What Value Do You Place On Your Time

Consider your time, and how you use it, both as an employee, and for you outside of your work, where you can give away your time without much thought at all, and dismiss the value of it completely.

As an employee, more often than not, your motivation will be financial, and an extrinsic motivation, where you will be comparing the time you commit to your job, against the amount of money you make per hour. I remember a former job driving chauffeur cars, and one night I calculated my hourly rate at $1.40 an hour. Clearly I didn’t think much of my time at that stage of my life, plus it would have been 3am in the morning when I worked that figure out, so I definitely didn’t value my time, but I needed to keep living, and paying bills, so I needed the money.

My lawyer recently sent me a bill including fees of $62.50 for her to compose an email to me, and another $62.50 to read my email reply. I think it’s great, as how often do you find yourself in an email conversation, or messaging conversation, without much thought about the time, (and sometimes the content), it takes to go back and forth, when there is little value placed on the conversation. Put a price on it, like my lawyer, and all of a sudden I am wondering if I should send a thank you email back, as it might cost me another $62.50 for her to read my thank you reply, then will she say thank you to my thank you, and charge another $62.50?!?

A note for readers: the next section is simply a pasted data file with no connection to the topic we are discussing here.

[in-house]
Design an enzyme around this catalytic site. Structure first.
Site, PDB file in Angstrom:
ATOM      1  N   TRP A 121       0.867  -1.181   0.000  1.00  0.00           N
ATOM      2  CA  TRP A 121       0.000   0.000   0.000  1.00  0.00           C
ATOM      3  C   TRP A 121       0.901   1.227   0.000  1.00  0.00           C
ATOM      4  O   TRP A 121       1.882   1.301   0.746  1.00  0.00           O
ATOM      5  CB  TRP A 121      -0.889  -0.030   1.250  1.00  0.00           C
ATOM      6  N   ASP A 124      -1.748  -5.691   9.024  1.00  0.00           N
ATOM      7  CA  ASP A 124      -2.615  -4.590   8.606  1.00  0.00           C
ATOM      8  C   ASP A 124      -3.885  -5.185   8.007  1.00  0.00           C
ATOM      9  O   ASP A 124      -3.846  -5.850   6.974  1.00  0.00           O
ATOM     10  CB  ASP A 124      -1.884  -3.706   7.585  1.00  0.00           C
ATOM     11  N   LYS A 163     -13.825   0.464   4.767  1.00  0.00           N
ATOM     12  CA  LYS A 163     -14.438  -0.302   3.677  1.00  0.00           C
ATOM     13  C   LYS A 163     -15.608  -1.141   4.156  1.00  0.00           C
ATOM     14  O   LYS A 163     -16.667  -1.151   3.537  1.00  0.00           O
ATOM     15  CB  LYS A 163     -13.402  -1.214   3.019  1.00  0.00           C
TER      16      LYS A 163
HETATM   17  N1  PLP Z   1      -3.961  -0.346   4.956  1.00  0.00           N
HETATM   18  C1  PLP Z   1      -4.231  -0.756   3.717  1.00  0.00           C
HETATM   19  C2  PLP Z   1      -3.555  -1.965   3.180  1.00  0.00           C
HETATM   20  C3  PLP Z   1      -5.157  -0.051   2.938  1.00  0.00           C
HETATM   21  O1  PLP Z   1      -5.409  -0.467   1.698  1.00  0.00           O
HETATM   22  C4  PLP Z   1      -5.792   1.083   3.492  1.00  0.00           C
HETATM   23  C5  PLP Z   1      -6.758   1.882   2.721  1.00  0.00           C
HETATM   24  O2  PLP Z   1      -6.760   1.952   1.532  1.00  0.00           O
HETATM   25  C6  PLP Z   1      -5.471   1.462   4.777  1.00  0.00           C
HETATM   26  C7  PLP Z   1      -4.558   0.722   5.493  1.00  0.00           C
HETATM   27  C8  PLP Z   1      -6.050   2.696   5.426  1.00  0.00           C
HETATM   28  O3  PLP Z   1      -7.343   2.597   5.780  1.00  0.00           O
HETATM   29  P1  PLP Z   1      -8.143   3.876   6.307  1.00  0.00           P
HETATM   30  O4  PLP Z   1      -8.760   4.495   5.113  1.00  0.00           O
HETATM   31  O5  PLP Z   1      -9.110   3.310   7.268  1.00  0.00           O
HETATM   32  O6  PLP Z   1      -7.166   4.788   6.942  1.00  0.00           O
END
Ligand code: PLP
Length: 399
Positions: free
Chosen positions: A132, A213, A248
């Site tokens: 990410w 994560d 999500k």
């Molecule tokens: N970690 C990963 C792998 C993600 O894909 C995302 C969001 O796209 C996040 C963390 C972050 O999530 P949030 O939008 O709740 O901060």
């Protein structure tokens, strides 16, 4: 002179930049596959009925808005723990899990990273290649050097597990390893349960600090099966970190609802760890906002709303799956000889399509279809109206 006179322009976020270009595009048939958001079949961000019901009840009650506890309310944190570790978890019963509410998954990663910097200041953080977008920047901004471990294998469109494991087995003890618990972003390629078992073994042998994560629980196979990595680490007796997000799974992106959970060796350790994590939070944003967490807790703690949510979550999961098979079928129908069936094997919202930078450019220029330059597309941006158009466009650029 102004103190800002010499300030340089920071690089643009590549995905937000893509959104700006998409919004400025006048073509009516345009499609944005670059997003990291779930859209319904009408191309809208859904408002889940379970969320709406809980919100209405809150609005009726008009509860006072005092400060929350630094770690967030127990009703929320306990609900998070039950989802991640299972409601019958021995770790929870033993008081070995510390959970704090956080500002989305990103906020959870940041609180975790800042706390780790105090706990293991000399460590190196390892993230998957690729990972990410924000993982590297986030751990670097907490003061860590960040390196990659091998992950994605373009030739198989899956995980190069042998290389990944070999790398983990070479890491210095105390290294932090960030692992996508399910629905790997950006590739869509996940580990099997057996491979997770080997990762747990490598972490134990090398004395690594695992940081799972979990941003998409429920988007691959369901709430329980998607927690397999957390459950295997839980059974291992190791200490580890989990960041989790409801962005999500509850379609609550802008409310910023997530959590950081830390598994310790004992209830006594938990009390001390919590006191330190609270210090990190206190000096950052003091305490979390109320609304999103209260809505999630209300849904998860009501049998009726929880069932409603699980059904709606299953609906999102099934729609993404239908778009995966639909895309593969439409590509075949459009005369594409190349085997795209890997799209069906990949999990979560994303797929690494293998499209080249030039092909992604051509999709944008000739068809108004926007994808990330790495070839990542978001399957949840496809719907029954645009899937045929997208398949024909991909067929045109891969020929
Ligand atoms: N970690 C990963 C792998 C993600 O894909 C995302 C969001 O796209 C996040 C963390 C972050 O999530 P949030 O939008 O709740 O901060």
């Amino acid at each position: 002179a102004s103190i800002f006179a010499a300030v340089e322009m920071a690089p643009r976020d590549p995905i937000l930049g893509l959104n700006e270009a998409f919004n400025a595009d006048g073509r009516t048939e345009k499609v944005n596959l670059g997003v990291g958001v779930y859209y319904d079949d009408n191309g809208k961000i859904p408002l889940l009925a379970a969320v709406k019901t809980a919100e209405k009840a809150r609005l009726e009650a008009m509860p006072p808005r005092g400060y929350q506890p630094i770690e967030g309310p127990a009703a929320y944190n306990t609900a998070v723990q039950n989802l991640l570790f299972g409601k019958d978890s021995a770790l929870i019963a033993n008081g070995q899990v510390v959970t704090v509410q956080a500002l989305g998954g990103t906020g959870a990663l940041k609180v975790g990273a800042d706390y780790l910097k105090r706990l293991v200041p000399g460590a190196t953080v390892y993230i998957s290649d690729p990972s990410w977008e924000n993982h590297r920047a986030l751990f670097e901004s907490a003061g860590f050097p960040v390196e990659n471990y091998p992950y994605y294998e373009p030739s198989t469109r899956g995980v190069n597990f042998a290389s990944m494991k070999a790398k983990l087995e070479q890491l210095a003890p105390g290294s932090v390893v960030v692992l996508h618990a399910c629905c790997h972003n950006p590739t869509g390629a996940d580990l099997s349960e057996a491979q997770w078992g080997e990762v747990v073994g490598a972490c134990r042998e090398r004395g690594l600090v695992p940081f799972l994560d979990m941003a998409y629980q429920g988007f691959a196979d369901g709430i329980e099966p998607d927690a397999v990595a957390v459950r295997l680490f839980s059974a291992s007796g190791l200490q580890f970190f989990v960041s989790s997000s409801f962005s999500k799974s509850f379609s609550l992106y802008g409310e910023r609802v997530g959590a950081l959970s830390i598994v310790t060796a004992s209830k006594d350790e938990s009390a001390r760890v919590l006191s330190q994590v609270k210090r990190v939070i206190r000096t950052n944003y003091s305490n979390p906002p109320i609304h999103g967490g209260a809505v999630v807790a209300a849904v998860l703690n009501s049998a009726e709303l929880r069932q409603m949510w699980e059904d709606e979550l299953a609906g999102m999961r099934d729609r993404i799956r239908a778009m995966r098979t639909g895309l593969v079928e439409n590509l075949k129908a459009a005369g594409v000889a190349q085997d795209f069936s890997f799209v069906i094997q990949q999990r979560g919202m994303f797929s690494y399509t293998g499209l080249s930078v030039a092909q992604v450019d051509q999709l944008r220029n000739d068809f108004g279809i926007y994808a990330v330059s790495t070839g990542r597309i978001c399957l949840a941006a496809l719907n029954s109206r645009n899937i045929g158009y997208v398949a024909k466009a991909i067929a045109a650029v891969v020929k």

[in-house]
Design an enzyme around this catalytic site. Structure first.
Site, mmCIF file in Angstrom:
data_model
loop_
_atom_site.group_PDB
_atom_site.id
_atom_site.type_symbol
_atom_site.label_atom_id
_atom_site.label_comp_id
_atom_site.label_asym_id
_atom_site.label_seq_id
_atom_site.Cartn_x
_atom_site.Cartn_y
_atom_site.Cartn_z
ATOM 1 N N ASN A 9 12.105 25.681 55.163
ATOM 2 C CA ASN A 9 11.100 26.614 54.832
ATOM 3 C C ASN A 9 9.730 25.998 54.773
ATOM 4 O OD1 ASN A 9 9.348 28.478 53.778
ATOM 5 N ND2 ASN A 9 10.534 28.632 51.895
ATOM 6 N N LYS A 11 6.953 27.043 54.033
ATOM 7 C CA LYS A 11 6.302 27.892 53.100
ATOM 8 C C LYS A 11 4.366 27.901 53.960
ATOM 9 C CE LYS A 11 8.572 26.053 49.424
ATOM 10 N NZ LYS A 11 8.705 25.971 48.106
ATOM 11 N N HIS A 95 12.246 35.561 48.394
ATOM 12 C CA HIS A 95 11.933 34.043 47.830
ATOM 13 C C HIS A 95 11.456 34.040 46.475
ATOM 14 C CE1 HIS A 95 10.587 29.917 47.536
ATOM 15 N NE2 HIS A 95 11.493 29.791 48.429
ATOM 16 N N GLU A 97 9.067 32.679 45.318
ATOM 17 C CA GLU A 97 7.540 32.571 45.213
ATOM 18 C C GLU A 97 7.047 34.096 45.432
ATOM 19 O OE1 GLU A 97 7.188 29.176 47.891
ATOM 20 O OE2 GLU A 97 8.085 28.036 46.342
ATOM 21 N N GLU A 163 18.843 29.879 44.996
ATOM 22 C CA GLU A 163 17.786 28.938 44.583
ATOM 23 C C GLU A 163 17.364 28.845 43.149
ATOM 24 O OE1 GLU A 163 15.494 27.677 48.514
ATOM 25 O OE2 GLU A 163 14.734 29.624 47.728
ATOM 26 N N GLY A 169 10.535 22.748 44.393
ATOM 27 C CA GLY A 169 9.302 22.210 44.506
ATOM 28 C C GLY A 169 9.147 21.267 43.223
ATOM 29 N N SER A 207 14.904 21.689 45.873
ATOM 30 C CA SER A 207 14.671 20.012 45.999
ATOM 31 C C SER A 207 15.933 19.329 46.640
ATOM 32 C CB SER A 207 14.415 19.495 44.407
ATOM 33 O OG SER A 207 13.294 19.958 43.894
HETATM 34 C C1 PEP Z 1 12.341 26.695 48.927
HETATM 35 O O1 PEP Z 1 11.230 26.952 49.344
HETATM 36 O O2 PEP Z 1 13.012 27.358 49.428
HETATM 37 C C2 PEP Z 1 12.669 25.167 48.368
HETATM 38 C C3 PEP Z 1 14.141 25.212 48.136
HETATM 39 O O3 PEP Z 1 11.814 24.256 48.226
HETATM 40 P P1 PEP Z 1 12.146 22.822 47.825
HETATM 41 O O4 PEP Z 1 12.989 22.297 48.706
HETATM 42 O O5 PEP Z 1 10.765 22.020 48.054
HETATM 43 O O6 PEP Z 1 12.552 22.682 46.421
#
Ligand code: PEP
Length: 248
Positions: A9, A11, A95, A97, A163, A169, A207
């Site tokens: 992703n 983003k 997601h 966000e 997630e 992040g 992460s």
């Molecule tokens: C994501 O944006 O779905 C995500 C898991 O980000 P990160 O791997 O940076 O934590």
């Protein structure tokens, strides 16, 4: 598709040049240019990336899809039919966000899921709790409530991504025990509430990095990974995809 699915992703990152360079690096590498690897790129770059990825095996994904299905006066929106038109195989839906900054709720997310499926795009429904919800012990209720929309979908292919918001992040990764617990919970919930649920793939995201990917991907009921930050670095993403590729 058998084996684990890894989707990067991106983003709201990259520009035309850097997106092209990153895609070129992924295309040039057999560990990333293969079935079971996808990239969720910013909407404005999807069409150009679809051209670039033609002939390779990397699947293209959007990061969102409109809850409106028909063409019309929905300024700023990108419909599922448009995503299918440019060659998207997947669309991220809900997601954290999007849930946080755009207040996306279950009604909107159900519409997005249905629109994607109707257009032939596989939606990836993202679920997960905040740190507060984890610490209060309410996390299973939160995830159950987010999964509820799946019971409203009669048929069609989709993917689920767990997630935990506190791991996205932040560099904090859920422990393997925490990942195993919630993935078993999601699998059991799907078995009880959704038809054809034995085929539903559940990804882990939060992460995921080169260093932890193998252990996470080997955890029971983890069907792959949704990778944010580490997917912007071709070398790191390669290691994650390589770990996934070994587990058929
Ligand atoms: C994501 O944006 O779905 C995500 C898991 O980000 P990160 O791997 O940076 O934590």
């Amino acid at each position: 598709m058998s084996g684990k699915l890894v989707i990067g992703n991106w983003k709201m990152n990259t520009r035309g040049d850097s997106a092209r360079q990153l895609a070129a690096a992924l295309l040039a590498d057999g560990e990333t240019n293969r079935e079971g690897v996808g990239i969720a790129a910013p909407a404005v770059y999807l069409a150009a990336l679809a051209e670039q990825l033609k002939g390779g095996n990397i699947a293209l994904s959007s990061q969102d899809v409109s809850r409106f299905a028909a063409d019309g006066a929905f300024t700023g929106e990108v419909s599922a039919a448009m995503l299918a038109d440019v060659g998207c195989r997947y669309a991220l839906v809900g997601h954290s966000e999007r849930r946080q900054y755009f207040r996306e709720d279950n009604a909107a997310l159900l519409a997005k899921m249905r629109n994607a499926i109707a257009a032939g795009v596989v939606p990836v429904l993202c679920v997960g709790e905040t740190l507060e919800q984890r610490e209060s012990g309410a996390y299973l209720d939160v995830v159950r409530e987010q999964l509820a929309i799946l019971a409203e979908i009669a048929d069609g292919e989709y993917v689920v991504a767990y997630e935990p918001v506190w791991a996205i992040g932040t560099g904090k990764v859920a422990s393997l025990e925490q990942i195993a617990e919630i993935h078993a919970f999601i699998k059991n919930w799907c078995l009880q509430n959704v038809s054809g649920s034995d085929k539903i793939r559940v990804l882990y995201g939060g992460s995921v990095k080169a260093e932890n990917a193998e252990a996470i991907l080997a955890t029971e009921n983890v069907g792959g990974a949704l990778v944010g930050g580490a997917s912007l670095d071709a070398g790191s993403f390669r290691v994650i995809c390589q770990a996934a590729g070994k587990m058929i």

Or it might be results based, where you are paid for the result you deliver, rather than the time it takes to achieve the result. IF you don’t deliver on that result, then the time versus money equation becomes far less important, and now your reputation is potentially at stake.

What about in your job, as an employee, where you get paid a regular income in order to deliver ongoing results for your employer, as compared to someone on a contract, who usually gets paid for a result, then they move onto their next contract. You get paid more for your time as a contractor, yet you are giving up on the safety and security of a full time job, along with the benefits. Now let’s take it up a level, and what if you are given a performance bonus at the end of the year, and you had $100,000, or let’s get a little crazy, and add a $0, let’s make it $1,000,000 as a bonus. Does that change your level of output in your job, especially if you are motivated extrinsically, and who wouldn’t enjoy an extra $1,000,000 in their bank account.

There is more to it than that, I have simplified it, as the extrinsic motivation may not always be financially motivated. Another motivation might be the loss of your job, where your boss kindly suggests that you will need to look for other employment if you haven’t done the work. So your output level may change, as getting the result is important to you in order to keep your job.

You may also be motivated extrinsically by praise from your boss, or colleagues, opportunity for promotion, or an award. All will potentially earn you more money in the long run, but the motivation is for recognition rather than dollars.